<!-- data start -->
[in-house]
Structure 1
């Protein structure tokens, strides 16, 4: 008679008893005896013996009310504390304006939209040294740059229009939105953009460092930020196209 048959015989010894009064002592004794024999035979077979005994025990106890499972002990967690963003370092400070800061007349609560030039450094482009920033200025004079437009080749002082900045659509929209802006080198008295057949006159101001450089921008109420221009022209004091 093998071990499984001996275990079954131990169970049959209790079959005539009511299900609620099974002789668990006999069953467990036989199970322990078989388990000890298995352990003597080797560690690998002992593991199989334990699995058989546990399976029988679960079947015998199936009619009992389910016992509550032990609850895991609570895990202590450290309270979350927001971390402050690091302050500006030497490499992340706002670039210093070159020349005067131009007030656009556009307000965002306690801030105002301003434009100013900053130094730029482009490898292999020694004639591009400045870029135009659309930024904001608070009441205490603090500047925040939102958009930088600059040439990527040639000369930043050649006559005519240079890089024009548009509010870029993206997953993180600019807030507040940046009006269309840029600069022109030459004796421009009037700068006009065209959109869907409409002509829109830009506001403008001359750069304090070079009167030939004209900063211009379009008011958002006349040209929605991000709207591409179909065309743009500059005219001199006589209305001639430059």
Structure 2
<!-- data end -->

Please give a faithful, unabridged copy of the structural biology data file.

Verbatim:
[in-house]
Structure 1
């Protein structure tokens, strides 16, 4: 008679008893005896013996009310504390304006939209040294740059229009939105953009460092930020196209 048959015989010894009064002592004794024999035979077979005994025990106890499972002990967690963003370092400070800061007349609560030039450094482009920033200025004079437009080749002082900045659509929209802006080198008295057949006159101001450089921008109420221009022209004091 093998071990499984001996275990079954131990169970049959209790079959005539009511299900609620099974002789668990006999069953467990036989199970322990078989388990000890298995352990003597080797560690690998002992593991199989334990699995058989546990399976029988679960079947015998199936009619009992389910016992509550032990609850895991609570895990202590450290309270979350927001971390402050690091302050500006030497490499992340706002670039210093070159020349005067131009007030656009556009307000965002306690801030105002301003434009100013900053130094730029482009490898292999020694004639591009400045870029135009659309930024904001608070009441205490603090500047925040939102958009930088600059040439990527040639000369930043050649006559005519240079890089024009548009509010870029993206997953993180600019807030507040940046009006269309840029600069022109030459004796421009009037700068006009065209959109869907409409002509829109830009506001403008001359750069304090070079009167030939004209900063211009379009008011958002006349040209929605991000709207591409179909065309743009500059005219001199006589209305001639430059």
Structure 2